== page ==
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England and Wales:
TOPOGRAPHICAL, HISTORICAL, AND DESCRIPTIVE,
EMBELLISHED WITH ENGRAVINGS.
Britain high favour'd of indulgent heaven!
The nurse of merchants who can purchase crowns-
Of Gallic lilies this eternal blast
This terror of Armadas!
This small isle wide realm'd monarchs eye with awe,
This sacred isle,
In a recess from the contagious world,
With ocean pour'd around it for its guard,
That health, that strength, that bloom of civil life!
PRINTED FOR J. HARKIS; LONGMAN AND CO.; J. WALKER; R. BALDWIN;
ARTHUR YOUNG, ESQ.
WHOSE INDEFATIGABLE EXERTIONS, DURING A LONO
AND ACTIVE LIFE,
HAVE BEEN DIRECTED TO THE PROMOTION OF THE BEST INTERESTS
OF HIS COUNTRY,
IMPROVEMENT OF ITS AGRICULTURE;
THE HISTORY AND TOPOGRAPHY
SUFFOLK, SURREY, AND SUSSEX,
IS RESPECTFULLY INSCRIBED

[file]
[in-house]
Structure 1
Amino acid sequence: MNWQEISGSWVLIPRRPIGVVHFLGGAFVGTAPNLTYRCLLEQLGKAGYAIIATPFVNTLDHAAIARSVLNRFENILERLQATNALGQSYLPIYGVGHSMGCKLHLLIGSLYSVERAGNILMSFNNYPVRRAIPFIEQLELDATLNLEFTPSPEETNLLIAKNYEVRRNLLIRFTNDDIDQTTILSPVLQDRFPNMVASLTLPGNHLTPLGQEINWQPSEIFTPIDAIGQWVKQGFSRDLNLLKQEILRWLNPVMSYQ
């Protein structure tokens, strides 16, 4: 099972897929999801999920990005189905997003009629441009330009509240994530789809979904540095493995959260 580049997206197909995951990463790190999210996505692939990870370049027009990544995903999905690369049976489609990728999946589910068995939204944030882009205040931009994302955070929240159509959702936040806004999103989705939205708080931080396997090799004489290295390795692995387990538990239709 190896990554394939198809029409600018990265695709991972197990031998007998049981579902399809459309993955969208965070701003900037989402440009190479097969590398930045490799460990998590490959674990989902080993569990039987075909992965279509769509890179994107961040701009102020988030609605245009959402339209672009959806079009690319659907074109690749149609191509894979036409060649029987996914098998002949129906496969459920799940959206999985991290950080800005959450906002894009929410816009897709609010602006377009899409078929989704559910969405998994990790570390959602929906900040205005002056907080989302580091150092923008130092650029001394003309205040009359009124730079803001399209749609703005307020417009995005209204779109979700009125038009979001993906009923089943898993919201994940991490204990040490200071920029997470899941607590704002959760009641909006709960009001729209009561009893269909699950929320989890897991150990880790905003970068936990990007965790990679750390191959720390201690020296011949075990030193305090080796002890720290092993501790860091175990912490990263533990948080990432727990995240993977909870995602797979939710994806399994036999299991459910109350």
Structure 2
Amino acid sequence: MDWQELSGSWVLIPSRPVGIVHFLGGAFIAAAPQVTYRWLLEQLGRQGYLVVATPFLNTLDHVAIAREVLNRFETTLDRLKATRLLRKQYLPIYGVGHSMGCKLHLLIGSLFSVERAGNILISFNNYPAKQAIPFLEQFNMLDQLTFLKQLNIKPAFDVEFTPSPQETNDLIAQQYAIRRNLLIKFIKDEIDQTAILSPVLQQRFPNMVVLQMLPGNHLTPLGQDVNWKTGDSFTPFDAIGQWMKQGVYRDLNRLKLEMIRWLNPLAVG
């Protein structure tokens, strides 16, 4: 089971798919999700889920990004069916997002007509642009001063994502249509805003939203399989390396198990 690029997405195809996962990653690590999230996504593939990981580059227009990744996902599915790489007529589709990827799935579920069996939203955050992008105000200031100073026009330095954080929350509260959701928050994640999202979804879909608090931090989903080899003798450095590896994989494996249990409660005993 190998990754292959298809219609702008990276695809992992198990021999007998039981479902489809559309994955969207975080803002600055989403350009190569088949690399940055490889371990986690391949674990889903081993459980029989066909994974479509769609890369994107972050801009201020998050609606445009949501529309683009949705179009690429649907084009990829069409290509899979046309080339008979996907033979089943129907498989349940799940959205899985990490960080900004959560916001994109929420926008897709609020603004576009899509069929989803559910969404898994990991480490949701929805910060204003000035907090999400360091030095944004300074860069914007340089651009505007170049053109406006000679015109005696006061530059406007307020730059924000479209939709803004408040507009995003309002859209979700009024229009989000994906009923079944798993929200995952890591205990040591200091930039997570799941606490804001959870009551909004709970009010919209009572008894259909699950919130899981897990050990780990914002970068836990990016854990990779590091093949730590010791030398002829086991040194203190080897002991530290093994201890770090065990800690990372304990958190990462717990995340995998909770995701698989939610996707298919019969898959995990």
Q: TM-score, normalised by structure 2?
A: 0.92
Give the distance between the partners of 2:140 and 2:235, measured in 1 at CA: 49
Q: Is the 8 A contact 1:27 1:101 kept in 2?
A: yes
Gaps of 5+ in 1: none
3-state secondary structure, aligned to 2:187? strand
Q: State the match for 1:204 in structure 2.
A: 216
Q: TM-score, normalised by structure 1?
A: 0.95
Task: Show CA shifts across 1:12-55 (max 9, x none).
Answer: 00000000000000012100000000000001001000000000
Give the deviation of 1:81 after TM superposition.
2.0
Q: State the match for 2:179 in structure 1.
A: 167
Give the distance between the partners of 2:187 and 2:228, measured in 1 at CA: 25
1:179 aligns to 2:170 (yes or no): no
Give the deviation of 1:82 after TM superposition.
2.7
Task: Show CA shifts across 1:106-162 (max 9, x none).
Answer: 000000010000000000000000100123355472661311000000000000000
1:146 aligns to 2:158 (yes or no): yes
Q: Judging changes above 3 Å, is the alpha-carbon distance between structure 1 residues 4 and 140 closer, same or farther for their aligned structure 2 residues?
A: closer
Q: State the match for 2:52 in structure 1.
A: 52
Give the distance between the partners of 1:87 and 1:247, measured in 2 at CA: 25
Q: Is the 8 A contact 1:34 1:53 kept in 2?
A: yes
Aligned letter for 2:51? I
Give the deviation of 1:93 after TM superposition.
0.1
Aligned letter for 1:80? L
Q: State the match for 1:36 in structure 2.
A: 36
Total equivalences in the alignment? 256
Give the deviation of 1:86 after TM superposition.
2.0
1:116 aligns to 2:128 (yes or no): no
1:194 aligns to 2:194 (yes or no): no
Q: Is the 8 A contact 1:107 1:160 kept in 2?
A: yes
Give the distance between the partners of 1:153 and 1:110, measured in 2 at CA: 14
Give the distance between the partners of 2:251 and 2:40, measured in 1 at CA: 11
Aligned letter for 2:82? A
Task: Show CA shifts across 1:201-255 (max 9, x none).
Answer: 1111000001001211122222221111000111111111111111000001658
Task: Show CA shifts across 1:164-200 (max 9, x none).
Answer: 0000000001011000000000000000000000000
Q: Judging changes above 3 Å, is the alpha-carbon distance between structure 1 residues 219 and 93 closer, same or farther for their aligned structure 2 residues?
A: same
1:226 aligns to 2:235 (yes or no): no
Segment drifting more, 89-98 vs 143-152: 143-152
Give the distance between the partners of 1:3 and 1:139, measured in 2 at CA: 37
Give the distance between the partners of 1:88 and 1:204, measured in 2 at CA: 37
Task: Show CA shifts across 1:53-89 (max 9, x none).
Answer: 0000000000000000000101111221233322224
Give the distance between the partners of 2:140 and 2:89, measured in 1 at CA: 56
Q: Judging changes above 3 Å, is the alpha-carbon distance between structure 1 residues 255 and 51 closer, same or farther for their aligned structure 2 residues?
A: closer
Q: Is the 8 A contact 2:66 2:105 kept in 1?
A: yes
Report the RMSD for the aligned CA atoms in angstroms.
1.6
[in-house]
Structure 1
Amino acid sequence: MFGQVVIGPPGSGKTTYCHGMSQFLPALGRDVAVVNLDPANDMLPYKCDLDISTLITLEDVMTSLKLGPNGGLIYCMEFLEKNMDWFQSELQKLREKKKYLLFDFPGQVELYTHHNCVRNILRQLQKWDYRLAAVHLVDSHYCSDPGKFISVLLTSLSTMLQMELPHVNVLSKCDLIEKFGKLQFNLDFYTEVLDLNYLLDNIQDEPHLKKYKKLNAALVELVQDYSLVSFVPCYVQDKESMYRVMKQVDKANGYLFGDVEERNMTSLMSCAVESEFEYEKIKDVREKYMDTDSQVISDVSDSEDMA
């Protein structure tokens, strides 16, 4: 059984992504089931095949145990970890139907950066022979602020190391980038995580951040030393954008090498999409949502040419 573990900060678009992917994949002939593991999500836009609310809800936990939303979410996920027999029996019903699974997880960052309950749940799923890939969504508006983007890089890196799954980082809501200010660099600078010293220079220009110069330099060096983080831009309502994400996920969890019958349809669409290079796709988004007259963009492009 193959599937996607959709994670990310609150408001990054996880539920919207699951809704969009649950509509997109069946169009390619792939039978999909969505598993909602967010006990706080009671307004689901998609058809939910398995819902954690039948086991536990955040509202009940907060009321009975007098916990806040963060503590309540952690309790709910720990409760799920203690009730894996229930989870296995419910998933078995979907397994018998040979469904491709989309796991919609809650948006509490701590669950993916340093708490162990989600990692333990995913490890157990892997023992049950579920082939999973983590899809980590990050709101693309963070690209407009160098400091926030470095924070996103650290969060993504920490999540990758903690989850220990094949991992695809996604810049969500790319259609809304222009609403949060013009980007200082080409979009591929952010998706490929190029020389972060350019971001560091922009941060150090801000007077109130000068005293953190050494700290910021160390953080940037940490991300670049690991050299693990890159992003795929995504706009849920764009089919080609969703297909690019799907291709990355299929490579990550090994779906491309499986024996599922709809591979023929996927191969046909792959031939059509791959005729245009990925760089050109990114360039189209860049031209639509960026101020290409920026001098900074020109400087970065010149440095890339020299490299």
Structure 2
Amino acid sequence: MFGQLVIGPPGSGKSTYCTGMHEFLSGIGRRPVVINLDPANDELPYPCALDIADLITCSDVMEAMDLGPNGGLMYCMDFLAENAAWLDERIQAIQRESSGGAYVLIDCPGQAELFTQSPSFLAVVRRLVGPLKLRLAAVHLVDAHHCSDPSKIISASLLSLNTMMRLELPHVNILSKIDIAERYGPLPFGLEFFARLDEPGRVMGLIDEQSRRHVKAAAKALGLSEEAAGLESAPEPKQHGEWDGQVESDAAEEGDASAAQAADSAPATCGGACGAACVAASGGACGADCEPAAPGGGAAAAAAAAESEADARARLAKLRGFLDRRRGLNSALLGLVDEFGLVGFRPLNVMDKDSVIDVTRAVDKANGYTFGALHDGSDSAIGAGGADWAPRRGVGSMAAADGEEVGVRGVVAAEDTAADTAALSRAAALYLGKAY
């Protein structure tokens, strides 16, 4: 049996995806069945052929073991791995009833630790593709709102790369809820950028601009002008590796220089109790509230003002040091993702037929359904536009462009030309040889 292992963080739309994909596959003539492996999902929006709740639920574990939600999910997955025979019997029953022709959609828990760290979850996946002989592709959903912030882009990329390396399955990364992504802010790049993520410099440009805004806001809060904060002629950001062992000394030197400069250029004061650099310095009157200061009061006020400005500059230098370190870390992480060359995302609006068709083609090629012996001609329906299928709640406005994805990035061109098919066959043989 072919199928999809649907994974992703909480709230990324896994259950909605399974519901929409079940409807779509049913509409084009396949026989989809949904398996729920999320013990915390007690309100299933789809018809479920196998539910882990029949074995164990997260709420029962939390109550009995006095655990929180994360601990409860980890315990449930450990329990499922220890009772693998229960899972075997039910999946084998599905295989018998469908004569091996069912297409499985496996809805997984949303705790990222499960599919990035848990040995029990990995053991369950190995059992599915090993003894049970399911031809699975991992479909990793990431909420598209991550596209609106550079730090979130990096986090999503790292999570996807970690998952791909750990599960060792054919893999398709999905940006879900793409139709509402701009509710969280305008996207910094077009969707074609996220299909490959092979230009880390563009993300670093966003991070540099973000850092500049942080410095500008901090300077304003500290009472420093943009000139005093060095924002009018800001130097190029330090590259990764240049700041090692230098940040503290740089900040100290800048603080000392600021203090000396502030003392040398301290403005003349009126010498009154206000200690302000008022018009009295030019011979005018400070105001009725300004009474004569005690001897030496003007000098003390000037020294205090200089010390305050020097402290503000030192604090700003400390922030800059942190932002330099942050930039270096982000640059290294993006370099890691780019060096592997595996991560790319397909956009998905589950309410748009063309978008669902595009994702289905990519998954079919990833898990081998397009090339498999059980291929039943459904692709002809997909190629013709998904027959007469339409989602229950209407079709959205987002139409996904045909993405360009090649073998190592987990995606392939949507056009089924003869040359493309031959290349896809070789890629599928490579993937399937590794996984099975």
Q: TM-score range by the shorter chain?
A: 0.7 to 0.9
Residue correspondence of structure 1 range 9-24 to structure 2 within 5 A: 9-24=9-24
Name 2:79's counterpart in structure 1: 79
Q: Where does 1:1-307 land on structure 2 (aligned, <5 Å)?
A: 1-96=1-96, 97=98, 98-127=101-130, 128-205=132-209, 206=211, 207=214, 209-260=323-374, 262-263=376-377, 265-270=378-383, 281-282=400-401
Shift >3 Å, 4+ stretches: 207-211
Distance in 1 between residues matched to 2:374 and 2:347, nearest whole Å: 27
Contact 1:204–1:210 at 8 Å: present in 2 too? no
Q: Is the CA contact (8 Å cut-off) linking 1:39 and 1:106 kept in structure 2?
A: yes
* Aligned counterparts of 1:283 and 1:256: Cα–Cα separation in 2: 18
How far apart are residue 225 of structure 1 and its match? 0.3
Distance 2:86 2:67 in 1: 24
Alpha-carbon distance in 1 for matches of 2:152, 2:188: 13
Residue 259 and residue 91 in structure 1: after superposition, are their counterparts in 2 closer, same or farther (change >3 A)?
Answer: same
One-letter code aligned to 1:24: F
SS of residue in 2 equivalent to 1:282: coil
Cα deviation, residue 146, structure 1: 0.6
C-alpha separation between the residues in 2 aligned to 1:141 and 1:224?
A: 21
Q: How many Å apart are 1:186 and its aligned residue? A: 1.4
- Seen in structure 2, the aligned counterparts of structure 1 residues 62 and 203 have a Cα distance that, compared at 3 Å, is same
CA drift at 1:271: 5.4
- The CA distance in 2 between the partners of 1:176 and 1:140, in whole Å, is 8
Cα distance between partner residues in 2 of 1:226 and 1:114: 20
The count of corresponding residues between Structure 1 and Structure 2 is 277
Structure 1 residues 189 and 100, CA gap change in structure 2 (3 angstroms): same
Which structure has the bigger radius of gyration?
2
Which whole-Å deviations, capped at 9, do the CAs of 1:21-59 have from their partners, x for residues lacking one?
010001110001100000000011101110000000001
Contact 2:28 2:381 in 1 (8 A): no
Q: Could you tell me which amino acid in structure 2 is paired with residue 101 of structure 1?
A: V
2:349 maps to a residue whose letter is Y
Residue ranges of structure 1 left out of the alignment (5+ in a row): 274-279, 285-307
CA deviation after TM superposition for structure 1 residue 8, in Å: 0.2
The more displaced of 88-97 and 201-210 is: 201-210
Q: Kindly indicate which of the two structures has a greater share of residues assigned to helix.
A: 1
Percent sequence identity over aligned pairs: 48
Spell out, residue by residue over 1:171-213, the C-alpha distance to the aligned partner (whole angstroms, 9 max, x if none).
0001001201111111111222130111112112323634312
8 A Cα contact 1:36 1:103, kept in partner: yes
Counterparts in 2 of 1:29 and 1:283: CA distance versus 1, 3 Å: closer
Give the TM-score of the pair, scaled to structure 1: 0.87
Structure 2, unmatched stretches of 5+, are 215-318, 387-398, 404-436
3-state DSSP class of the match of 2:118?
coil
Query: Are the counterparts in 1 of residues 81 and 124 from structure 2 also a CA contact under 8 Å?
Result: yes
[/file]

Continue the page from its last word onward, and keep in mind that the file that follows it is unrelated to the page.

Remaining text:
BY HIS OBLIGED AND OBEDIENT SERVANT,
England and Wales.
SITUATION AND EXTENT.
SUFFOLK is bounded on the north by Norfolk, on the east by the German Ocean, on the south by Essex, from which it is divided by the river Stour, and on the west by Cambridgeshire. On Mr. Hodskinson's map of this county may be measured an oblong of almost unindented form, forty-seven miles long by twenty-seven broad. The land stretching beyond it in the northeast and north-west parts will more than compensate the deficiency in other quarters. This form indicates a surface of 1269 square miles, or 812,160 acres. In Templeman's Survey, he makes it only 1236 square miles; but Mr. Arthur Young is of opinion that the superficial contents of Suffolk may be computed at about 800,000 acres.
Division AND POPULATION.-Its two grand divisions are, the franchise or liberty of Bury St. Edmund's, and the body of the county, or guildable land, each of which furnishes a distinct grand jury for the county assizes. These are subdivided into twenty-one hundreds, comprehending 523 parishes. The hundreds, according to the return made in 1801, are as follow : Vol. XIV.